Date Published: June 22, 2018
Publisher: Public Library of Science
Author(s): Victoria Hemming, Terry V. Walshe, Anca M. Hanea, Fiona Fidler, Mark A. Burgman, Judi Hewitt.
Natural resource management uses expert judgement to estimate facts that inform important decisions. Unfortunately, expert judgement is often derived by informal and largely untested protocols, despite evidence that the quality of judgements can be improved with structured approaches. We attribute the lack of uptake of structured protocols to the dearth of illustrative examples that demonstrate how they can be applied within pressing time and resource constraints, while also improving judgements.
In this paper, we demonstrate how the IDEA protocol for structured expert elicitation may be deployed to overcome operational challenges while improving the quality of judgements. The protocol was applied to the estimation of 14 future abiotic and biotic events on the Great Barrier Reef, Australia. Seventy-six participants with varying levels of expertise related to the Great Barrier Reef were recruited and allocated randomly to eight groups. Each participant provided their judgements using the four-step question format of the IDEA protocol (‘Investigate’, ‘Discuss’, ‘Estimate’, ‘Aggregate’) through remote elicitation. When the events were realised, the participant judgements were scored in terms of accuracy, calibration and informativeness.
The results demonstrate that the IDEA protocol provides a practical, cost-effective, and repeatable approach to the elicitation of quantitative estimates and uncertainty via remote elicitation. We emphasise that i) the aggregation of diverse individual judgements into pooled group judgments almost always outperformed individuals, and ii) use of a modified Delphi approach helped to remove linguistic ambiguity, and further improved individual and group judgements. Importantly, the protocol encourages review, critical appraisal and replication, each of which is required if judgements are to be used in place of data in a scientific context. The results add to the growing body of literature that demonstrates the merit of using structured elicitation protocols. We urge decision-makers and analysts to use insights and examples to improve the evidence base of expert judgement in natural resource management.
Protecting and managing ecosystems requires that we are able to clearly identify, assess and communicate threats, and make effective decisions in a timely manner [1, 2]. Advances in our ability to collect, store and utilise data continue to provide conservation scientists a large array of sophisticated tools for decision-making. For example, citizen science , drone technology , remote sensing , and environmental DNA [6, 7], provide new and practical ways to collect data. This information can be better shared via cloud databases, and used in predictive models, maps, and decision support tools .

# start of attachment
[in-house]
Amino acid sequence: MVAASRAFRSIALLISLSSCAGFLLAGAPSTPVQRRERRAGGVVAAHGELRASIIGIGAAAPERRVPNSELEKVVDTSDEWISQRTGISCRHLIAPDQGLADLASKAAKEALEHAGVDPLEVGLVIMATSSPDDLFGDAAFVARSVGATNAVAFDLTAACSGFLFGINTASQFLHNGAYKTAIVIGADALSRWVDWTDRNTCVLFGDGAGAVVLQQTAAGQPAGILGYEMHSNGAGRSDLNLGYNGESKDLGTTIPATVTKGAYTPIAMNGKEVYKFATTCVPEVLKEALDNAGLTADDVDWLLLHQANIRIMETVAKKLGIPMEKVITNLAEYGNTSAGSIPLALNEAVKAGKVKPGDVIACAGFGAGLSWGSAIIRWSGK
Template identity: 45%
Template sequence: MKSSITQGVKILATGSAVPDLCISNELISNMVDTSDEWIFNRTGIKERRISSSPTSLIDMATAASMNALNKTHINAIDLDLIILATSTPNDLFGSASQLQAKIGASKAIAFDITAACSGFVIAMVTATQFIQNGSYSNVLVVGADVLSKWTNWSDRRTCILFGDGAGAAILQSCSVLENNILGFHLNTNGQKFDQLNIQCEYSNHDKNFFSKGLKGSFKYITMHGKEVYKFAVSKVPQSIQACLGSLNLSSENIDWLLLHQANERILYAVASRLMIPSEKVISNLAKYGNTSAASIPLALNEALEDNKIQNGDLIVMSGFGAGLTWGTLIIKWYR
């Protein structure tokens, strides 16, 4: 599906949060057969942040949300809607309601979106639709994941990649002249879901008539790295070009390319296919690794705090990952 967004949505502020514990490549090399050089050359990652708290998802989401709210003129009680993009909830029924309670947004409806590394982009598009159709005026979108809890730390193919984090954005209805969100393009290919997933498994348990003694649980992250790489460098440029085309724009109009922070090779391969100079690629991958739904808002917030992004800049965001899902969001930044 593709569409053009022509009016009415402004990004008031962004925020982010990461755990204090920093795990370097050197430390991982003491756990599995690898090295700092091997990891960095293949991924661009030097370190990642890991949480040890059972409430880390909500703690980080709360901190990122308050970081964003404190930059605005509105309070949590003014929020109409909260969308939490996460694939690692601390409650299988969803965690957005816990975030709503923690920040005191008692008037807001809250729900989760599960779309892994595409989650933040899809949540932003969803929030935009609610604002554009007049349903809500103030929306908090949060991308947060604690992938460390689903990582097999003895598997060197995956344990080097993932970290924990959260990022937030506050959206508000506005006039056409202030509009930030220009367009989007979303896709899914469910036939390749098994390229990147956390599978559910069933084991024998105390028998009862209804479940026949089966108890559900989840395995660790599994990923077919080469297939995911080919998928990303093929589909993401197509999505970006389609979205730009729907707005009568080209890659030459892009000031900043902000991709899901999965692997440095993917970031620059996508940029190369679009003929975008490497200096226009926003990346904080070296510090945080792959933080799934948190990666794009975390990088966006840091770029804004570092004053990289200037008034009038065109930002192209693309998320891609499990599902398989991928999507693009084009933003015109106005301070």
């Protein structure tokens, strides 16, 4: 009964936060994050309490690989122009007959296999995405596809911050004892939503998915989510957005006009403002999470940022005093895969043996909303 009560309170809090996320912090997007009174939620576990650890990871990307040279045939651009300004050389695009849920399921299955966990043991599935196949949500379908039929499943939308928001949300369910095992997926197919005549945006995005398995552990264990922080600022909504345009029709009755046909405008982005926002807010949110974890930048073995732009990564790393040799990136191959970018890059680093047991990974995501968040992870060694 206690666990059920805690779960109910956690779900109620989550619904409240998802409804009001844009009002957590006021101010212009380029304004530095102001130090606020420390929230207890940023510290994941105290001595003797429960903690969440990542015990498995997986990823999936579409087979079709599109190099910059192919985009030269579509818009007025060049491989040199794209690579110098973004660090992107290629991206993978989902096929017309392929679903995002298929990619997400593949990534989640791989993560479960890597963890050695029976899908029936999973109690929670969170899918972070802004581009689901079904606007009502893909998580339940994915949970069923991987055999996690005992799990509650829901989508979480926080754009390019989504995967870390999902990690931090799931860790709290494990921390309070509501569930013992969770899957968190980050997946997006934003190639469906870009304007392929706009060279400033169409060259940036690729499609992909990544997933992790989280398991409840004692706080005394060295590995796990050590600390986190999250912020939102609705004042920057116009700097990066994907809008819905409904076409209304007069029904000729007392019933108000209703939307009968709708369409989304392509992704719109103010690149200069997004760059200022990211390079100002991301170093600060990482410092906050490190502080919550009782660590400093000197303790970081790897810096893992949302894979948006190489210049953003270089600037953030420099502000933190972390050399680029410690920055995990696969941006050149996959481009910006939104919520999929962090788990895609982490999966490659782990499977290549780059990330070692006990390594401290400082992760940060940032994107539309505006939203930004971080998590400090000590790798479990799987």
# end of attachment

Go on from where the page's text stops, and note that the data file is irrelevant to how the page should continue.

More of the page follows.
Expert judgement is not a substitute for the careful collection of empirical data. However, often the data required to inform critical decisions is absent or uninformative and expert judgement is unavoidable . Structured protocols have been widely advocated as a means to improve the transparency, accountability and quality of expert judgements, and are used across a range of scientific domains. However, their adoption in natural resource management has been limited. We have suggested a range of possible reasons for this, including few examples demonstrating how structured protocols can be implemented within the financial and practical constraints of many natural resource problems, while leading to improvements in judgements.
Natural resource managers often face difficult decisions and lack empirical data to inform those decisions. While the application of models and new technologies affords increasing ways to acquire data, reliance on expert judgement appears unavoidable. Our study demonstrates that in these situations we can never guarantee that the judgements will be accurate or well-calibrated. However, through the application of structured elicitation protocols we can ensure that these judgements are as accurate and well-calibrated as possible, without incurring onerous costs. Furthermore, by applying these protocols we can apply to judgements the same requirements of review, repeatability and transparency as empirical data. The advantages of structured elicitation protocols have been identified for some time. This study demonstrates that such protocols can be applied within the financial and practical constraints of many natural resource problems, without compromising resulting judgements.